Behind them stood a fine Christmas tree. It had been mounted by the men and draped with the traditional cranberry strings and garlands.

They also decorated it with the foil wrappers from blasting caps, a tool of their trade: dynamiting ancient rock to make way for the modern city.

The rubbled ground where they stood would become Rockefeller Center. Two years later, after 30 Rockefeller Plaza opened, the annual lighting of a giant Christmas tree became the five-star, traffic-stopping pageant that will unfold again on Wednesday.

Now that’s a Christmas story that I can sink my teeth into.

(Also—good thing the politicians weren’t hellbent on keeping out immigrants back then, eh?)


The Many Lives of St. Mark’s Place

Ada Calhoun, writing for The New Yorker:

Of course, the sentimentalists are right: I did miss a lot. My parents have lived in their top-floor walk-up on St. Marks Place since 1973. By the time I was born, in 1976, many of the street’s most defining eras had passed. Gone were the days of Thelonious Monk playing the Five Spot jazz club, Andy Warhol hosting the Exploding Plastic Inevitable, and the New York Dolls ambling down the street in hot pants. The poet W. H. Auden, who once lived at No. 77 and promenaded to St. Mark’s Church each Sunday wearing his slippers, died in Vienna the same week my parents moved onto his old block.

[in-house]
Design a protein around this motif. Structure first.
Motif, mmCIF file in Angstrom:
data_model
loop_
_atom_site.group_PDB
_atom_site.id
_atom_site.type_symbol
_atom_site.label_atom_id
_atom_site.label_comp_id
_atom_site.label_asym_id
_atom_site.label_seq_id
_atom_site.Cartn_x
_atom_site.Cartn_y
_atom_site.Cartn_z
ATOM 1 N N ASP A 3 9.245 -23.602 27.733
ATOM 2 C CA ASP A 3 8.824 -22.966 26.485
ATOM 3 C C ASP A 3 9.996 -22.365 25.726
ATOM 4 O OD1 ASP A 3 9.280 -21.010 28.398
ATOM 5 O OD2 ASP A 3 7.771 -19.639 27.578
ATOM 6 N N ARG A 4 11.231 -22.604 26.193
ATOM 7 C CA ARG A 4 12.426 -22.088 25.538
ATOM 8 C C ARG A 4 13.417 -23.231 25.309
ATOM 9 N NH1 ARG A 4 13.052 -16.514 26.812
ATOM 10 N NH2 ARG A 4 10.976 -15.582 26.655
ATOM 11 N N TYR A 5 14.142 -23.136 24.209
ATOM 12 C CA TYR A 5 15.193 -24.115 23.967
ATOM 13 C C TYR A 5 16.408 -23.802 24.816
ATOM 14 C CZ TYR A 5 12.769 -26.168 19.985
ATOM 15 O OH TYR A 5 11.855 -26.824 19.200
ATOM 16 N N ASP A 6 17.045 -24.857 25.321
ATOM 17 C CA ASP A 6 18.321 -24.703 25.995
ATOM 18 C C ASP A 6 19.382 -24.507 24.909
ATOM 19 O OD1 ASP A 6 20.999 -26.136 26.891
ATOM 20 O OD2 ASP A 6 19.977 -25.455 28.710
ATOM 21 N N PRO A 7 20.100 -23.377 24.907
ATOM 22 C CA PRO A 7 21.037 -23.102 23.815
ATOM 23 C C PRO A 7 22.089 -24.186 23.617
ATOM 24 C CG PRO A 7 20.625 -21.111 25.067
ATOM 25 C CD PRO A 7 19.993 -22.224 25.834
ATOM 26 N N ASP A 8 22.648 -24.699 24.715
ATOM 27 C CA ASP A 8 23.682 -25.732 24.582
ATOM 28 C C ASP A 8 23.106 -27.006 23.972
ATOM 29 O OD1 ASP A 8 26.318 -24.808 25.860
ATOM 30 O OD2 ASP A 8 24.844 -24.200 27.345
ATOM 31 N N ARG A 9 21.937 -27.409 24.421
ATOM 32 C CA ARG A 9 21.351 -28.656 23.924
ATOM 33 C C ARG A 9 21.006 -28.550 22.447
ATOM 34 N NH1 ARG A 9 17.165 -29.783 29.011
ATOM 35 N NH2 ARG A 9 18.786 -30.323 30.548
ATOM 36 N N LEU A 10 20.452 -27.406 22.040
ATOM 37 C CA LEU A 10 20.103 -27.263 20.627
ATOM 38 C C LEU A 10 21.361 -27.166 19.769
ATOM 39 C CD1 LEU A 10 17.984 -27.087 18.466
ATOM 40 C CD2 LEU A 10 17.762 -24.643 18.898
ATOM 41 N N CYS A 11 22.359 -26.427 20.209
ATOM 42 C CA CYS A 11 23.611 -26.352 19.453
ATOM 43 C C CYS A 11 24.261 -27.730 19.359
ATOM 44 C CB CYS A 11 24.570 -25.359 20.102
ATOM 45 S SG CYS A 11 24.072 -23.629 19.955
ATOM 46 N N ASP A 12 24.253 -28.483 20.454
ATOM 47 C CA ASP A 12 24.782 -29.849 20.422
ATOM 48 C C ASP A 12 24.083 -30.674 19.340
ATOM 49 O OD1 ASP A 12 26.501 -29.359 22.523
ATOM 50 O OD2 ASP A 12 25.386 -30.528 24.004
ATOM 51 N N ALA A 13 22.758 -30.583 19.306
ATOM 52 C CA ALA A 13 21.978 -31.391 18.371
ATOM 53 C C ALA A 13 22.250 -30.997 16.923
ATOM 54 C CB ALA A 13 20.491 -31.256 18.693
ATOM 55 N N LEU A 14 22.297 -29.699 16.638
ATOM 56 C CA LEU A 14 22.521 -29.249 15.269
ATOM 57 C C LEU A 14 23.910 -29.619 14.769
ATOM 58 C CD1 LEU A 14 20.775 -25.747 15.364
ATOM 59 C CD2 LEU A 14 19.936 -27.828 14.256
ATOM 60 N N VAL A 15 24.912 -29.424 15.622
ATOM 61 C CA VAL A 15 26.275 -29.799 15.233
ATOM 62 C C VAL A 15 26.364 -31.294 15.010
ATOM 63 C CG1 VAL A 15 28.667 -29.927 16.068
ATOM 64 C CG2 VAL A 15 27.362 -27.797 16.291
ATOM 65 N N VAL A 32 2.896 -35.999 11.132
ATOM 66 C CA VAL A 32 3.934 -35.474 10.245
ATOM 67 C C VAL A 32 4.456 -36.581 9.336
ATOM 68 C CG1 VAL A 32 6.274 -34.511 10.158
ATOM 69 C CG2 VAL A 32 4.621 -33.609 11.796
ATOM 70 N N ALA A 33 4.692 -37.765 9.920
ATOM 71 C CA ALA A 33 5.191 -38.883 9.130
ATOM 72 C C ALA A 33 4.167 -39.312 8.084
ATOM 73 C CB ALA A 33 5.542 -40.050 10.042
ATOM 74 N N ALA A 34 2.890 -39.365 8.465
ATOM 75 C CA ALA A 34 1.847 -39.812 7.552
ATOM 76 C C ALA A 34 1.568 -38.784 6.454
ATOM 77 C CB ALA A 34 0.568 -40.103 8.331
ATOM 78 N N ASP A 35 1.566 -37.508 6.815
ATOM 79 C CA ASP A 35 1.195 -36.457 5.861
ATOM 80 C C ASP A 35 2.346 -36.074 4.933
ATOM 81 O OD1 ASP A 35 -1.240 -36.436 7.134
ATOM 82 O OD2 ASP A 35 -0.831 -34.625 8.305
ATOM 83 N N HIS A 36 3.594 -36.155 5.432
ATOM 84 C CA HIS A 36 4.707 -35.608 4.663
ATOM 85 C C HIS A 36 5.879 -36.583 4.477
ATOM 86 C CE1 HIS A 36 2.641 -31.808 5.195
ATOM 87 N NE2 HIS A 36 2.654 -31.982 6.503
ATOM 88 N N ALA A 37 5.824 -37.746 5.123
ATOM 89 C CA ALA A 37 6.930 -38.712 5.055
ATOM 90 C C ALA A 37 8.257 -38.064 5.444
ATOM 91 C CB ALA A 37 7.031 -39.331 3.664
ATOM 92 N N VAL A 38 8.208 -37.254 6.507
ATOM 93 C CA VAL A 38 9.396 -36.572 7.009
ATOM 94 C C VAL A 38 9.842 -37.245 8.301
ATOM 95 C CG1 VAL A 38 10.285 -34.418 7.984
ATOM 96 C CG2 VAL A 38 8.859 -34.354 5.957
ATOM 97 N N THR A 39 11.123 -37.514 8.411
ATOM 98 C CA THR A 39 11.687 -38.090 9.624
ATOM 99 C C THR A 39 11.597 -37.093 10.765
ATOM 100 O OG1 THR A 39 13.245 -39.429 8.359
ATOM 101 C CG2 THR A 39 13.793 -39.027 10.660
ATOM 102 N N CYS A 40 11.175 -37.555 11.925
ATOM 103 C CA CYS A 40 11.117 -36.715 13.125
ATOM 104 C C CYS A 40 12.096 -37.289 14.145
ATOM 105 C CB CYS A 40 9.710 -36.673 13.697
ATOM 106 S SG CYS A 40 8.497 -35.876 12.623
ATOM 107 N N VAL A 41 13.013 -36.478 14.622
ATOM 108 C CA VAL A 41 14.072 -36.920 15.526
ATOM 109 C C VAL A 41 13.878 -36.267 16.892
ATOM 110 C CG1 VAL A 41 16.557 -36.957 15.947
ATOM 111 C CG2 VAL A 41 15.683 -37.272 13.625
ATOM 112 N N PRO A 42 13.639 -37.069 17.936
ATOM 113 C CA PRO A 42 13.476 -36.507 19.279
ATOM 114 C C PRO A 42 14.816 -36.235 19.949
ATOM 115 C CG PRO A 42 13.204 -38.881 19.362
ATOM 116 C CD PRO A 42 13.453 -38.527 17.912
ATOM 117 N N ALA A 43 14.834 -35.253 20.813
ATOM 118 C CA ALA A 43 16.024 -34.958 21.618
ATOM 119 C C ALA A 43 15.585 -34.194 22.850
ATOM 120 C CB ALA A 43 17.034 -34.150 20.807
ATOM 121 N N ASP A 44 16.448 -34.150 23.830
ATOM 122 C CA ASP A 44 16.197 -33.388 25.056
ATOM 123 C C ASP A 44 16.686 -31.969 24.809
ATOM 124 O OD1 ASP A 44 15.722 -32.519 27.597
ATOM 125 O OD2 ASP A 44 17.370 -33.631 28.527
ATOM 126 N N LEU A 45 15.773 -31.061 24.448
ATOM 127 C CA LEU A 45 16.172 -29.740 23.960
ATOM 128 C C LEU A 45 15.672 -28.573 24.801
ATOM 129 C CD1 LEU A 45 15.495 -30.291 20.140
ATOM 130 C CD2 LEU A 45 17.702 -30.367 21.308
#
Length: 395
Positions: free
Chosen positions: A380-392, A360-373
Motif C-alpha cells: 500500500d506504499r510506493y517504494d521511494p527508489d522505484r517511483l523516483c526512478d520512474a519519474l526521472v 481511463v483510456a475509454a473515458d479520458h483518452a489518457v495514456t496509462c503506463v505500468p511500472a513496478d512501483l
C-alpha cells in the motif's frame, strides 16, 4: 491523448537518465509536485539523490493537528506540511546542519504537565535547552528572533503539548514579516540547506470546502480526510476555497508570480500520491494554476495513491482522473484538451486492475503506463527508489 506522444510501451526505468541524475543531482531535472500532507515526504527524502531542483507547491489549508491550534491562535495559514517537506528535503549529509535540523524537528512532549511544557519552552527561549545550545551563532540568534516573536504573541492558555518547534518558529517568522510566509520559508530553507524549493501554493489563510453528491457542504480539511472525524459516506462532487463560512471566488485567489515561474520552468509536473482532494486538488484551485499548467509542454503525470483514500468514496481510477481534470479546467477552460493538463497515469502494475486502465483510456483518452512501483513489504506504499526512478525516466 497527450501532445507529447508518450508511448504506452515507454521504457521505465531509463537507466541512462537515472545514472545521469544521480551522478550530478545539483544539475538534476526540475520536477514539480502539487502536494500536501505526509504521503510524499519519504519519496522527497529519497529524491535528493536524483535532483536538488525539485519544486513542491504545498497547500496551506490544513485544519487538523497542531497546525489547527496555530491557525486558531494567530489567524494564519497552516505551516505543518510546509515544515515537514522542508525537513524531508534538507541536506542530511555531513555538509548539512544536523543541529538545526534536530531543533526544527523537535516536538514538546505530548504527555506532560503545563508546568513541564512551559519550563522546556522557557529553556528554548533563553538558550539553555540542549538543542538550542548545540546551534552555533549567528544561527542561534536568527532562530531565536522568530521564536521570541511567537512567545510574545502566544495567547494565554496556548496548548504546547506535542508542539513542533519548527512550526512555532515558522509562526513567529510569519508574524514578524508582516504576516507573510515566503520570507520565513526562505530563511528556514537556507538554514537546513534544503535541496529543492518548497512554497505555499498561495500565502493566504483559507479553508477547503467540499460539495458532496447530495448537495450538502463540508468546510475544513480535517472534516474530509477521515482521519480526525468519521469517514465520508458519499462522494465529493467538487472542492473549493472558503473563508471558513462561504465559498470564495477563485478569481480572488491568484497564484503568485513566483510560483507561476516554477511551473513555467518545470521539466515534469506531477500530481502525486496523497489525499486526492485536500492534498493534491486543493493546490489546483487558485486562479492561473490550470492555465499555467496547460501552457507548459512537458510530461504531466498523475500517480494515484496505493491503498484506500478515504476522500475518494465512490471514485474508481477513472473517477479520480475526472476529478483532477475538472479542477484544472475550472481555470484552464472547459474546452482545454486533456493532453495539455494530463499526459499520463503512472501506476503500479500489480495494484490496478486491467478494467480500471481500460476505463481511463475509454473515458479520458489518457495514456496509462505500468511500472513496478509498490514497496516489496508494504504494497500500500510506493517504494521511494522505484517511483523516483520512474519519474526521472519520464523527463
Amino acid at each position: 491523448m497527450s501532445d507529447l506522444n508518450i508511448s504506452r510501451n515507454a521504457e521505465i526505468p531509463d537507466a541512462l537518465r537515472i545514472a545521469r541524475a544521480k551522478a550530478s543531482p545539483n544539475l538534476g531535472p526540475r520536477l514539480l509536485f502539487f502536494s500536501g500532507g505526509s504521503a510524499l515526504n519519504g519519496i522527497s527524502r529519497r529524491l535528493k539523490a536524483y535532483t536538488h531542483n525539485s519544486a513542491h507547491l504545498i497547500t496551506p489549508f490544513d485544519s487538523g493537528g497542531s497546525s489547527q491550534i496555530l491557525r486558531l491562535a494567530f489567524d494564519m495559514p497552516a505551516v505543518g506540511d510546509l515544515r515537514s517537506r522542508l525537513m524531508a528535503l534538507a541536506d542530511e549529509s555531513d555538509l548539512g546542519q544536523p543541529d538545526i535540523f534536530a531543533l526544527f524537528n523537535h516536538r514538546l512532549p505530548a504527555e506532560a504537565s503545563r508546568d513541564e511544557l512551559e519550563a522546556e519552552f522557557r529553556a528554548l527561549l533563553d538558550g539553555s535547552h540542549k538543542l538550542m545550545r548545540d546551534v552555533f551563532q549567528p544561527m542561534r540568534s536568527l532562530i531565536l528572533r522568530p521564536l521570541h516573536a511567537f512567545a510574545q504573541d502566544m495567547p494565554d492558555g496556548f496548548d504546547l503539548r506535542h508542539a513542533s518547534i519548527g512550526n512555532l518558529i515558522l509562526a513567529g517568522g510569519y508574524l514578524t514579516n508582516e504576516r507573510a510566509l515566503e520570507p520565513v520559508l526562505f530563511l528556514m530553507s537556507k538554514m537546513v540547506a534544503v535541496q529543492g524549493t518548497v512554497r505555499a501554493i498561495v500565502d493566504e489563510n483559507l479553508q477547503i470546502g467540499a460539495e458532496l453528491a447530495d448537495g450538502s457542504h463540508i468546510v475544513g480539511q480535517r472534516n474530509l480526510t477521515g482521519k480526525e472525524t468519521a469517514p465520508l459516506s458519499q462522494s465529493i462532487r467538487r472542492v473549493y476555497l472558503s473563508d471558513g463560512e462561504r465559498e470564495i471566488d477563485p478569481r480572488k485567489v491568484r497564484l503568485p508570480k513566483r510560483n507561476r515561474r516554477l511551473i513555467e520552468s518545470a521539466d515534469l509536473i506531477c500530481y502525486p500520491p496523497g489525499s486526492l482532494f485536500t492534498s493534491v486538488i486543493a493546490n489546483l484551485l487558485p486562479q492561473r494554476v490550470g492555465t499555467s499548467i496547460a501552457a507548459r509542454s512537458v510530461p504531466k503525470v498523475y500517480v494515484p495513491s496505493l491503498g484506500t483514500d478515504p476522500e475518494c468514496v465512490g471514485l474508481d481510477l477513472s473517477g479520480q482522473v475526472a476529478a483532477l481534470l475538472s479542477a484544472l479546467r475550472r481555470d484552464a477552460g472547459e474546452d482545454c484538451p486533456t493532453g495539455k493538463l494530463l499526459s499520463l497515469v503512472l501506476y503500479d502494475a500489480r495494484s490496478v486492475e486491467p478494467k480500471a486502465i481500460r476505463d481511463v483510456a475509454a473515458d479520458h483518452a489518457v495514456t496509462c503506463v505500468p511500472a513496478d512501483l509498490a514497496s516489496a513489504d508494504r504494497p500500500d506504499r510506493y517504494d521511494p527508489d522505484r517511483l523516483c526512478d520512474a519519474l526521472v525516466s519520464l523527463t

But the history of St. Marks Place is more complex than even many of its cheerleaders realize.

I remember the first time I went into The City (what everyone in the other four boroughs calls Manhattan) by myself. I headed straight for St. Mark’s.


Lox, Neon, and Russ and Daughters

Sky Dylan-Robbins:

This year, Russ & Daughters, the acclaimed appetizing institution on the Lower East Side, turns a hundred years old. To celebrate the occasion, the fourth-generation co-owners, Niki Russ Federman and Josh Russ Tupper, are giving customers a place to sit.

High quality video of old school neon tube bending and translucent slices of salmon? Just press play.


‘New York was a very different place in the 1980s.’


Richard Conway, writing for TIME Lightbox:

Over a six-month period in 1981, Morris embedded himself in the world below, sometimes riding the trains alone, other times riding with the Guardian Angels volunteer anti-crime group. He’d hang out with groups of teens riding trains at night, and show up in the early morning to catch work-bound commuters.

Using ektachrome film and a magenta filter to offset the florescent lights, Morris found interesting subjects in the relatively safe commuting space of midtown Manhattan, further north in the Bronx, and the eastern wilds of Brooklyn.

The photos are amazing. The NYC captured in them is unrecognizable from the NYC of today.

/via Daring Fireball